United States District Court, D. Nevada
action is a pro se civil rights complaint filed
pursuant to 42 U.S.C. § 1983 by a former inmate. On May
16, 2016, the court issued an order dismissing the complaint
with leave to amend and directed plaintiff to file an amended
complaint within thirty days. (ECF No. 5 at 5, 6). The
thirty-day period has now expired. Plaintiff has not filed an
amended complaint. Instead, he has filed a document that the
court construes as a motion for
reconsideration. (ECF No. 7.) The court now considers the
motion for reconsideration and plaintiff's failure to
amend the complaint.
Motion for Reconsideration
motion to reconsider must set forth “some valid reason
why the court should reconsider its prior decision” and
set “forth facts or law of a strongly convincing nature
to persuade the court to reverse its prior decision.”
Frasure v. United States, 256 F.Supp.2d 1180, 1183
(D. Nev. 2003). Reconsideration is appropriate if this Court
“(1) is presented with newly discovered evidence, (2)
committed clear error or the initial decision was manifestly
unjust, or (3) if there is an intervening change in
controlling law.” Sch. Dist. No. 1J v. Acands,
Inc., 5 F.3d 1255, 1263 (9th Cir. 1993). “A motion
for reconsideration is not an avenue to re-litigate the same
issues and arguments upon which the court already has
ruled.” Brown v. Kinross Gold, U.S.A., 378
F.Supp.2d 1280, 1288 (D. Nev. 2005).
Court finds no grounds to reconsider its screening order.
Accordingly, the motion for reconsideration is denied.
Failure to File Amended Complaint
courts have the inherent power to control their dockets and
“[i]n the exercise of that power, they may impose
sanctions including, where appropriate . . . dismissal”
of a case. Thompson v. Hous. Auth. of City of Los
Angeles, 782 F.2d 829, 831 (9th Cir. 1986). A court may
dismiss an action, with prejudice, based on a party's
failure to prosecute an action, failure to obey a court
order, or failure to comply with local rules. See Ghazali
v. Moran, 46 F.3d 52, 53-54 (9th Cir. 1995) (dismissal
for noncompliance with local rule); Ferdik v.
Bonzelet, 963 F.2d 1258, 1260-61 (9th Cir. 1992)
(dismissal for failure to comply with an order requiring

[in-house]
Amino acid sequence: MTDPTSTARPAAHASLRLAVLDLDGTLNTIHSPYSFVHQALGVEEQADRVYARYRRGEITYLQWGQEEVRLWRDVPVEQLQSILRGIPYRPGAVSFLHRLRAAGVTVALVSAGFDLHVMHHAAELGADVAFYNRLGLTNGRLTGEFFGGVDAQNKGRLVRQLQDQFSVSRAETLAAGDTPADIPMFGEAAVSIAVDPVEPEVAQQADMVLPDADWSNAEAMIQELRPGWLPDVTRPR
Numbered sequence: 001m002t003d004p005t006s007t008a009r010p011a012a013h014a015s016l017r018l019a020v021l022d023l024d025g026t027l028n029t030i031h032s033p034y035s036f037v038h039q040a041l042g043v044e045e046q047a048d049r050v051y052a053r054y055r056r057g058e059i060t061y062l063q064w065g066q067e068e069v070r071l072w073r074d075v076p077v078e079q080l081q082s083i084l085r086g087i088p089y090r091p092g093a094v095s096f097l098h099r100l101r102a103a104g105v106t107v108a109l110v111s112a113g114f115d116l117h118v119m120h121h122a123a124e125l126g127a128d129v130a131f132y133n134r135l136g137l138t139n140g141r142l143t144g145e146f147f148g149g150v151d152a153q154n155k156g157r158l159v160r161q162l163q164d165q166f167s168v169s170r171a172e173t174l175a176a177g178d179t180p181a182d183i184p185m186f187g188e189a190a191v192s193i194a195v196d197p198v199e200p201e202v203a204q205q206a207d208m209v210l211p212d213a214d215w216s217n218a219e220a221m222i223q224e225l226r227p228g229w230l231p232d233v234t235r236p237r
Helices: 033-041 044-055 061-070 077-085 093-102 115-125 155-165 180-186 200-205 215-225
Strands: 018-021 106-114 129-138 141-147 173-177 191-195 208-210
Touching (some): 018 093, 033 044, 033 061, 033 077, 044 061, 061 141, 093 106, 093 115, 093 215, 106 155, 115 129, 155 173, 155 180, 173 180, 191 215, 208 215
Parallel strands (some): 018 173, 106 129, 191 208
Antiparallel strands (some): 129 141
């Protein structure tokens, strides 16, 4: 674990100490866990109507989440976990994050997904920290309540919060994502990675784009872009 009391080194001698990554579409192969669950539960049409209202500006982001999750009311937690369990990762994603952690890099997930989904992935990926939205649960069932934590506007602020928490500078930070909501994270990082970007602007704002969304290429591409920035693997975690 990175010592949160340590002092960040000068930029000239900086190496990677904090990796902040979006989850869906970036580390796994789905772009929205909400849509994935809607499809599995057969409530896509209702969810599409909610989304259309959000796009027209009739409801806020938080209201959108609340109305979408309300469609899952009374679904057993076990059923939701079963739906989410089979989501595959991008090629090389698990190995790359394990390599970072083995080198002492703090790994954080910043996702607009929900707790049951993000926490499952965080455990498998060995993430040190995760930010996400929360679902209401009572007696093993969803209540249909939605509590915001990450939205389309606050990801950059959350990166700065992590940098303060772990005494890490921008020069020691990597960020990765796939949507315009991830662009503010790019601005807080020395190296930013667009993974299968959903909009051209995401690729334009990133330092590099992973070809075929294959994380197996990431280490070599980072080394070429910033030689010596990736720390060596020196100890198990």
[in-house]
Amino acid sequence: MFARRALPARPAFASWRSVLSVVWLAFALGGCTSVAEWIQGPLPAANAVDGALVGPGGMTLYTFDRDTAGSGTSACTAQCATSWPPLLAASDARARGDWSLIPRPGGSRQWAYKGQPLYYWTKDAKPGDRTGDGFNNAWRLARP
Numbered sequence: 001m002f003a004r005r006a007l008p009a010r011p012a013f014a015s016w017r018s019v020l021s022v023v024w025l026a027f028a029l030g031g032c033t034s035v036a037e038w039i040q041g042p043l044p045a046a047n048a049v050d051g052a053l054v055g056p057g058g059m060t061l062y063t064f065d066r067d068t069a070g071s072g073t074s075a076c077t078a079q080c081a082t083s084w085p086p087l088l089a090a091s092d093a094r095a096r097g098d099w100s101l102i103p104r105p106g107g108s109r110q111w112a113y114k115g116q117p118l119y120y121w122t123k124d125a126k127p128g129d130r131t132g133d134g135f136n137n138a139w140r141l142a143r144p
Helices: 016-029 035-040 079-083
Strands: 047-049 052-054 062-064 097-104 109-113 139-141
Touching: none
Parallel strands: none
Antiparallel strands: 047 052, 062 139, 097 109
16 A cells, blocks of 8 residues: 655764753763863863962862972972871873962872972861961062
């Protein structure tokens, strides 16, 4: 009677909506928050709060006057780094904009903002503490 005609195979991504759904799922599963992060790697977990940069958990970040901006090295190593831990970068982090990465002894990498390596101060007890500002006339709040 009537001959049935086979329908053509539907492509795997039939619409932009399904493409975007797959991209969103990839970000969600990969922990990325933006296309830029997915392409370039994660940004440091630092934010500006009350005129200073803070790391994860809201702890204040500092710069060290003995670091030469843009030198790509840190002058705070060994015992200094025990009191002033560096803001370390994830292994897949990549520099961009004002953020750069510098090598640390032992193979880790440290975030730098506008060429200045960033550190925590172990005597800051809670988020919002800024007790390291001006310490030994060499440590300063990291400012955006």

amendment of complaint); Carey v. King, 856 F.2d
1439, 1440-41 (9th Cir. 1988) (dismissal for failure to
comply with local rule requiring pro se plaintiffs
to keep court apprised of address); Malone v. U.S. Postal
Service, 833 F.2d 128, 130 (9th Cir. 1987) (dismissal
for failure to comply with court order); Henderson v.
Duncan, 779 F.2d 1421, 1424 (9th Cir. 1986) (dismissal
for lack of prosecution and failure to comply with local
determining whether to dismiss an action for lack of
prosecution, failure to obey a court order, or failure to
comply with local rules, the court must consider several
factors: (1) the public's interest in expeditious
resolution of litigation; (2) the court's need to manage
its docket; (3) the risk of prejudice to the defendants; (4)
the public policy favoring disposition of cases on their
merits; and (5) the availability of less drastic
alternatives. Thompson, 782 F.2d at 831;
Henderson, 779 F.2d at 1423-24; Malone, 833
F.2d at 130; Ferdik, 963 F.2d at 1260-61;
Ghazali, 46 F.3d at 53.
instant case, the Court finds that the first two factors, the
public's interest in expeditiously resolving this
litigation and the Court's interest in managing the
docket, weigh in favor of dismissal. The third factor, risk
of prejudice to Defendants, also weighs in favor of
dismissal, since a presumption of injury arises from the
occurrence of unreasonable delay in filing a pleading ordered
by the court or prosecuting an action. See Anderson v.
Air West, 542 F.2d 522, 524 (9th Cir. 1976). The fourth
factor - public policy favoring disposition of cases on their
merits - is greatly outweighed by the factors in favor of
dismissal discussed herein. Finally, a court's warning to
a party that his failure to obey the court's order will
result in dismissal satisfies the “consideration of
alternatives” requirement. Ferdik, 963 F.2d at
1262; Malone, 833 F.2d at 132-33;
Henderson, 779 F.2d at 1424. The Court's order
requiring Plaintiff to file an amended complaint within
thirty days expressly stated: “IT IS FURTHER ORDERED
that, if plaintiff chooses not to file an amended complaint
curing the stated deficiencies of the complaint, this action
shall be dismissed with prejudice for failure to state a
claim.” (ECF No. 5 at 6). Thus, Plaintiff had adequate
warning that dismissal would result from his noncompliance
with the Court's order to file an amended complaint
within thirty days. Accordingly, the court will dismiss this
action with prejudice based on plaintiff's failure to
file an amended complaint in compliance with this Court's
May 16, 2018 order and for failure to state a claim.
foregoing reasons, IT IS ORDERED that the motion for
reconsideration (ECF No. 7) is denied.
FURTHER ORDERED that this action is dismissed with prejudice
based on plaintiff's failure to file an amended complaint
in compliance with this Court's May 16, 2018 order and
for failure to state a claim.
FURTHER ORDERED that the clerk of court shall enter ...